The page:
Recently, Harvard University did a study on hipsters, and found that when it comes to music, they don’t like bands if too many other people like them, and will therefore continuously search for lesser-known bands to (ironically?) enjoy. This only scratches the surface of hipsters, but it does provide some explanation to the unorganized subculture. That explanation may be helpful if you pick up Nuclear Hipster, a game with an amusing plot that far outstrips its gameplay.
The backstory of Nuclear Hipster is that an anarchist alien came to Earth and heard indie music for the first time. Apparently displeased, this alien nuked the Earth and then sent bearsharks to hunt down survivors. Hipster Dave’s band was captured, so he sold his records to build a robot dinosaur and save his band, and the Earth. This is all told to you in an animated music video intro that sets high hopes for the game.
Anarchy meets its match: Hipsterism.
In the span of about 600 seconds, you have to navigate a landscape full of falling boulders, radioactive waste, laser gates, and flailing bearsharks to find 15 randomly-placed bombs. The puzzle-platformer style falls short, however, when it comes to the obstacles you must pass. Both timed and moving obstacles often hurt you even after you’ve clearly passed them. We might be able to forgive this if there were some items to replenish wrongfully lost health, but those don’t exist in this wasteland, meaning that you usually die before time even runs out.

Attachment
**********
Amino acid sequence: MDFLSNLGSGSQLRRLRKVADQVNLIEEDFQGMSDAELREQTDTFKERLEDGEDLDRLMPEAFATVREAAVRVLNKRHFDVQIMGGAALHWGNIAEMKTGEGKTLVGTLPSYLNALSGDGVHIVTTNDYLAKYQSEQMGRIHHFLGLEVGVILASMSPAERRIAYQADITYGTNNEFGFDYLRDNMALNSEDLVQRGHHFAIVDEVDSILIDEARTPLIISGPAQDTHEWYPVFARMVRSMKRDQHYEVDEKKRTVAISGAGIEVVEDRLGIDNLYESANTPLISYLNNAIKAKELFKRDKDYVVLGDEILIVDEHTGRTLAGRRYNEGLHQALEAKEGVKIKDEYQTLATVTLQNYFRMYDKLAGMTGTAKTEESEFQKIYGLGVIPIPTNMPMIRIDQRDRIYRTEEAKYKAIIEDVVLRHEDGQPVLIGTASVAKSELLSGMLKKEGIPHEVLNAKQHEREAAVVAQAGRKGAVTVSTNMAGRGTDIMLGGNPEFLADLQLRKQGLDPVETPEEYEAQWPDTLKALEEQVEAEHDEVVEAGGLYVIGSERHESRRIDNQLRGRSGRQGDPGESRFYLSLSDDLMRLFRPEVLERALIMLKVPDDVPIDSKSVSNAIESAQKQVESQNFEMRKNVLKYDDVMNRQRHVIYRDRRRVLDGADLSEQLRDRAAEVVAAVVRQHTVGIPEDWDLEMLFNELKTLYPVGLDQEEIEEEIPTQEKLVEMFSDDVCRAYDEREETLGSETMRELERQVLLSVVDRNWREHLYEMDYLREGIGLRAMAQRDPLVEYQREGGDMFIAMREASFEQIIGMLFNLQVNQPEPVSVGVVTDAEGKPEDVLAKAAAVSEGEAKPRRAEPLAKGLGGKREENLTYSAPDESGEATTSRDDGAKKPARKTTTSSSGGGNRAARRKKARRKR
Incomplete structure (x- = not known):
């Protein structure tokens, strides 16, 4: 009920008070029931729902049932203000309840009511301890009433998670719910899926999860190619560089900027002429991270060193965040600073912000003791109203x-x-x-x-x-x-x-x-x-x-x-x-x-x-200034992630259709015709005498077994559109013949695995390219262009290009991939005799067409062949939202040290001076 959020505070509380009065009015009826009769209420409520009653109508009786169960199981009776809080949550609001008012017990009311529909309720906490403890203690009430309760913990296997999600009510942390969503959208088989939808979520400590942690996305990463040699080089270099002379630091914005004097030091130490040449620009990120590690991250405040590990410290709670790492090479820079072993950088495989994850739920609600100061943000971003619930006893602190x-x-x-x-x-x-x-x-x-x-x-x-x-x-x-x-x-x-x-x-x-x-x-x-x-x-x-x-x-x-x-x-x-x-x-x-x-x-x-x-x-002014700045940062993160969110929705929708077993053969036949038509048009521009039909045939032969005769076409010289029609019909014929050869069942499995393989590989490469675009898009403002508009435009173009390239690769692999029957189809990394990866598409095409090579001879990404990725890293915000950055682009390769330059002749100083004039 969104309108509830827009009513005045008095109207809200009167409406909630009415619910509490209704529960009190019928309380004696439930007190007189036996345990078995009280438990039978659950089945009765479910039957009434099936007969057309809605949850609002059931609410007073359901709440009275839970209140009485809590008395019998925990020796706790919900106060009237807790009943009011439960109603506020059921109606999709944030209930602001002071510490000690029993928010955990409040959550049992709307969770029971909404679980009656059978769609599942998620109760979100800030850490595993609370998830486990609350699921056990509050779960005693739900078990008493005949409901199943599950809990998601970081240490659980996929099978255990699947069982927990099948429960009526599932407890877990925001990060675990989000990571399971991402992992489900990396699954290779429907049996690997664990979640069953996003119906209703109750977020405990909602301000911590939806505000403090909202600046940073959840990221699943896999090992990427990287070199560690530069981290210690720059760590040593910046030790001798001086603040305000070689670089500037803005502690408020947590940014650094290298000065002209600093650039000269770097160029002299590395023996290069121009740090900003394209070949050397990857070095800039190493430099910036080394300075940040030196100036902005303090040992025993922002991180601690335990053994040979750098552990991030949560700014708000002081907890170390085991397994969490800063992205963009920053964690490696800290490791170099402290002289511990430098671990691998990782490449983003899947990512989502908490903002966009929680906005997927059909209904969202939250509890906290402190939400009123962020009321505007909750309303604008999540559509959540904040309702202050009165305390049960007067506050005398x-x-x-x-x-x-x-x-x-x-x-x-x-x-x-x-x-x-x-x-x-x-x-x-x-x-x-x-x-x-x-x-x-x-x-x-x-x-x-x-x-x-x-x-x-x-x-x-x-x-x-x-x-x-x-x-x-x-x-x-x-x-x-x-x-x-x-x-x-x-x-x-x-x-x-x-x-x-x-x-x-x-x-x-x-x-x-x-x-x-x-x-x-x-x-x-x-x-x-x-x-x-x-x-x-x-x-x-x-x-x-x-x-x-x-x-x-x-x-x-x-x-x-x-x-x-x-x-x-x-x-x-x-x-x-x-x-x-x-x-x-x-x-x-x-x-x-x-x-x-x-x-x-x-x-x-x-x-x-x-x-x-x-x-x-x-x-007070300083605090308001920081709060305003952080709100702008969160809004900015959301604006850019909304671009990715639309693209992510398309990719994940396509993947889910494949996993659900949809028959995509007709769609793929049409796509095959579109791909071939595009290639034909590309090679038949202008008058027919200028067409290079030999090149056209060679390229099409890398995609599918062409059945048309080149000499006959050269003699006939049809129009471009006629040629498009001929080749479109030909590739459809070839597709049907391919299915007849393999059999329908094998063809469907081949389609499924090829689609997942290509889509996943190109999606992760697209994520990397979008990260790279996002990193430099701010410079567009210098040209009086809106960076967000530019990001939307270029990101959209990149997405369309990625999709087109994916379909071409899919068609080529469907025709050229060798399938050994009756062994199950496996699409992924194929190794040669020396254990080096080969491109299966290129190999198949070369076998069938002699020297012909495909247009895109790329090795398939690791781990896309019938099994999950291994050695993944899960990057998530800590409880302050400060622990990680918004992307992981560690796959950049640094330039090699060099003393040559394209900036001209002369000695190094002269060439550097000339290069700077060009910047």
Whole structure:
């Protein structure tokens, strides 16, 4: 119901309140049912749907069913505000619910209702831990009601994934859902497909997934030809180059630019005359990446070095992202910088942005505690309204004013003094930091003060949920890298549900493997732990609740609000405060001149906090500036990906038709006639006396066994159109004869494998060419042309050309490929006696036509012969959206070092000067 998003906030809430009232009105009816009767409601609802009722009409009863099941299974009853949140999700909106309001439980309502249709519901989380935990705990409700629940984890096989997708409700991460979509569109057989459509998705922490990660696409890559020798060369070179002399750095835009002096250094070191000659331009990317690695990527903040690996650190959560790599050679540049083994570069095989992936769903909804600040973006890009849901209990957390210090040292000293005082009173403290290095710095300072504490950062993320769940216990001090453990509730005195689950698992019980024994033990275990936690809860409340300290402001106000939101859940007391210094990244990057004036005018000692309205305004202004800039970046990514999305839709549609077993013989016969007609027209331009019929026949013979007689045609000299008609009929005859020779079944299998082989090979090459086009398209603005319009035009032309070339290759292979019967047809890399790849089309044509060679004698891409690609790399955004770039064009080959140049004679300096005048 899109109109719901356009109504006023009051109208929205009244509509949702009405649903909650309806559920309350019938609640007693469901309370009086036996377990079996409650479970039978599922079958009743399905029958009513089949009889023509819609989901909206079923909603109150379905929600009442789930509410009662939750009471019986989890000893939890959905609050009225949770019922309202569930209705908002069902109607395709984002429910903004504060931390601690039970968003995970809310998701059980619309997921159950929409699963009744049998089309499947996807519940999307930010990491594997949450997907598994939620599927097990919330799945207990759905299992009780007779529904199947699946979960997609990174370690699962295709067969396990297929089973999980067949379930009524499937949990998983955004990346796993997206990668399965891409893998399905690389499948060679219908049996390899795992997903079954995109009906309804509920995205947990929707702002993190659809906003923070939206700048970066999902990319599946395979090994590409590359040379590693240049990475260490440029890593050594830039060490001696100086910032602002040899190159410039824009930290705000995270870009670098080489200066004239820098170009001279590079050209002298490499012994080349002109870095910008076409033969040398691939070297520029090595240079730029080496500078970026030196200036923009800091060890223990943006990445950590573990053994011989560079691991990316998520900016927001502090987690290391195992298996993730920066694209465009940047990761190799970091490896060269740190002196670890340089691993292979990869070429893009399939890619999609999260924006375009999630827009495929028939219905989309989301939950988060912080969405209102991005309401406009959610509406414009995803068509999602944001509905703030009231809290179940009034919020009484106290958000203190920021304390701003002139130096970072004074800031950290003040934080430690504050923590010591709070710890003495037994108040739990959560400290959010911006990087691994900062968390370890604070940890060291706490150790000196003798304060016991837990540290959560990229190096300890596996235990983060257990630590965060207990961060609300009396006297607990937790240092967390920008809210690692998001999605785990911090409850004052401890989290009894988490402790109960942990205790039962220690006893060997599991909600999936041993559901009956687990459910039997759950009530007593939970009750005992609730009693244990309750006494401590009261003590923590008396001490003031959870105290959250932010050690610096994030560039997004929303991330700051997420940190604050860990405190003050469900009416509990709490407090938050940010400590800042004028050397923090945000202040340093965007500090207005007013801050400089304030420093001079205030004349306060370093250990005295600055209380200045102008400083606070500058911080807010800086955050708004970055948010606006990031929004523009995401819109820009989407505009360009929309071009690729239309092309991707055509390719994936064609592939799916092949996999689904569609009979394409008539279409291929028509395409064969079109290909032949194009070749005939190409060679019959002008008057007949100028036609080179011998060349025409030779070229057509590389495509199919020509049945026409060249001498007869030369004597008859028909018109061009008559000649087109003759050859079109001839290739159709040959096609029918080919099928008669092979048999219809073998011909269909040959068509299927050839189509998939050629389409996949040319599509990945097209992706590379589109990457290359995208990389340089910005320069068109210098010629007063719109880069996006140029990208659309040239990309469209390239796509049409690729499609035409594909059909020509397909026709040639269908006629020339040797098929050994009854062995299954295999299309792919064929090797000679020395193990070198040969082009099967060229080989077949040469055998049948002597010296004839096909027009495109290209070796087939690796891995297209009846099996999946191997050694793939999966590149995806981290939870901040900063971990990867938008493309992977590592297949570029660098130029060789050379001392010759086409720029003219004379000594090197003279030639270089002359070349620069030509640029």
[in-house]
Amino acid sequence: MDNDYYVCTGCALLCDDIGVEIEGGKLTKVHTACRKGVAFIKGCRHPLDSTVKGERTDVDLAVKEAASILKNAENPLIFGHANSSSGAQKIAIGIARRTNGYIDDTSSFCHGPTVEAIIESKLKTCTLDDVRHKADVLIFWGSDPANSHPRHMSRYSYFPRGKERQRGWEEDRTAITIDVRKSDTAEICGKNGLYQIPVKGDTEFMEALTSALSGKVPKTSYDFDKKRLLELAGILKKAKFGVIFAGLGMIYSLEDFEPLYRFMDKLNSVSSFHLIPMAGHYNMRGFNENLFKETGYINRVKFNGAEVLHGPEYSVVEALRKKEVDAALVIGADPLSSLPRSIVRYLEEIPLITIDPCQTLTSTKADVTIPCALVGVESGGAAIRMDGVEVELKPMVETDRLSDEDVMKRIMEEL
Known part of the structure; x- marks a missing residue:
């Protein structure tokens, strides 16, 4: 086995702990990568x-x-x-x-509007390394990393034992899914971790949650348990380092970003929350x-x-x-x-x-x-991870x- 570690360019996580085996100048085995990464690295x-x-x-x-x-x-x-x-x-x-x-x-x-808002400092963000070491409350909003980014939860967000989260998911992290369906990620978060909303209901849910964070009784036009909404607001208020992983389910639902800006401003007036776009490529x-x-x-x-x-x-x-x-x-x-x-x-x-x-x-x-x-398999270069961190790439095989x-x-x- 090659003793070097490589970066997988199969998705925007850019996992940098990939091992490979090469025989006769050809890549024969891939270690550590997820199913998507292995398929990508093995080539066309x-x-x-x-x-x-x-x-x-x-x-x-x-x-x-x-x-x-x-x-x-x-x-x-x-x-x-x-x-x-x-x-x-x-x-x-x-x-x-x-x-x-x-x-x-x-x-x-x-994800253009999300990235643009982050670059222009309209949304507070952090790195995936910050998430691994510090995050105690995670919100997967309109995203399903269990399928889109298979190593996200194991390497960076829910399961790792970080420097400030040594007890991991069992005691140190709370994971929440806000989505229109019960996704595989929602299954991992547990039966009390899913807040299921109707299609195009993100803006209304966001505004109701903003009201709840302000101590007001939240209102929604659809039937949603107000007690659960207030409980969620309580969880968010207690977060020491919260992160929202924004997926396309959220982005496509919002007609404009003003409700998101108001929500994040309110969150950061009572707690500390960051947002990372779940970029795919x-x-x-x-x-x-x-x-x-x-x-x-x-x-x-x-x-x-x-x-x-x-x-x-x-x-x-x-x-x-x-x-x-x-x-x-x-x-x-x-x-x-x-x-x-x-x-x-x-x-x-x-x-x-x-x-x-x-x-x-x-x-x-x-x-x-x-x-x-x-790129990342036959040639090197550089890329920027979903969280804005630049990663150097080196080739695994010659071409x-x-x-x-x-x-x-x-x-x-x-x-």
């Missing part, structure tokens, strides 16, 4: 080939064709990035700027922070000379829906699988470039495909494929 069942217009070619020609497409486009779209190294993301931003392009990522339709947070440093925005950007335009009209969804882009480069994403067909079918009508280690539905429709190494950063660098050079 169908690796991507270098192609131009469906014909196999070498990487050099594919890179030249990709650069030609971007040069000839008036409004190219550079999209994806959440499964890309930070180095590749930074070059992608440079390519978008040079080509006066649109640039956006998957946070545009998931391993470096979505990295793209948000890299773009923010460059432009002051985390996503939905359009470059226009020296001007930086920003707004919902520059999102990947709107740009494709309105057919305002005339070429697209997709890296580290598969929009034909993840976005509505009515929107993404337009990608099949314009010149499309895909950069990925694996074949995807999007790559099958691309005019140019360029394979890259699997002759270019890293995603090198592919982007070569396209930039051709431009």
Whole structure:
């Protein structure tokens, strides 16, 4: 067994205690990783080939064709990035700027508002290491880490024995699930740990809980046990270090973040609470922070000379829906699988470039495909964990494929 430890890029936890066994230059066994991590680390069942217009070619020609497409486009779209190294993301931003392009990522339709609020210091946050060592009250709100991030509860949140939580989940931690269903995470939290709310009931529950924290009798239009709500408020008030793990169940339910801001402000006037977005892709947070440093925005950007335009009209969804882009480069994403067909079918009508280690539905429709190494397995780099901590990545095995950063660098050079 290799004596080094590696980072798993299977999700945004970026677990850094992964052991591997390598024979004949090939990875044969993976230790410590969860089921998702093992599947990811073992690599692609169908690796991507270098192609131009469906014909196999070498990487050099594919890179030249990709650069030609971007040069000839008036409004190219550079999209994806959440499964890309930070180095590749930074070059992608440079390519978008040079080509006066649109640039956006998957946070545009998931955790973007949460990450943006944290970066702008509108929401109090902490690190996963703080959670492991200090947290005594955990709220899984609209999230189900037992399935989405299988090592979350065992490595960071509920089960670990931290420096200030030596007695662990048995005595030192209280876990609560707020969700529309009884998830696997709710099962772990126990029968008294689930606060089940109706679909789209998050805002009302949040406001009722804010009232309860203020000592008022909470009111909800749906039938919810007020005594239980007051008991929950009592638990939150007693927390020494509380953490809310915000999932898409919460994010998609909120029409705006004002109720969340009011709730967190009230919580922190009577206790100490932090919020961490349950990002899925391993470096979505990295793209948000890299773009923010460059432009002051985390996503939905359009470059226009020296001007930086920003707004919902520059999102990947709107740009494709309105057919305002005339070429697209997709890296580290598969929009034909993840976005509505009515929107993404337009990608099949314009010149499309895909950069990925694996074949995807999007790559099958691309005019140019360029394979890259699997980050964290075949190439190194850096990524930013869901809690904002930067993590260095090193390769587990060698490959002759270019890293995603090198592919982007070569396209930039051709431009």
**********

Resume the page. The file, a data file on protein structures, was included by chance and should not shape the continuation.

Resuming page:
Your steed in this adventure is a robot dinosaur, but it turns out to be disappointingly useless (maybe Hipster Dave’s records weren’t very good). It can’t even fight the bearsharks. The only thing you can control is its movement, which is done using a visually clever virtual D-pad (a vinyl record with a nuclear symbol in the middle).
Bearshark can’t touch Hipster Dave’s clashing style.
Nuclear Hipster consists of just one level, with no difficulty settings, alternate modes, high scores, or any other features. It’s not really a full game, but we have the feeling it’s not really supposed to be.
Nuclear Hipster sets high hopes with its clever music video and quirky backstory, and it earns points for this originality and humor. We have the feeling that those are the reason the game exists, because the gameplay itself is wholly disappointing.
If you really love bearsharks and robot dinosaurs, even if it means struggling through a poorly polished game, then give Nuclear Hipster a try. Otherwise, for all the non-hipsters, use caution with this one. We’ve probably just done the game a favor by not giving it a top score– now hipsters have a reason to play it.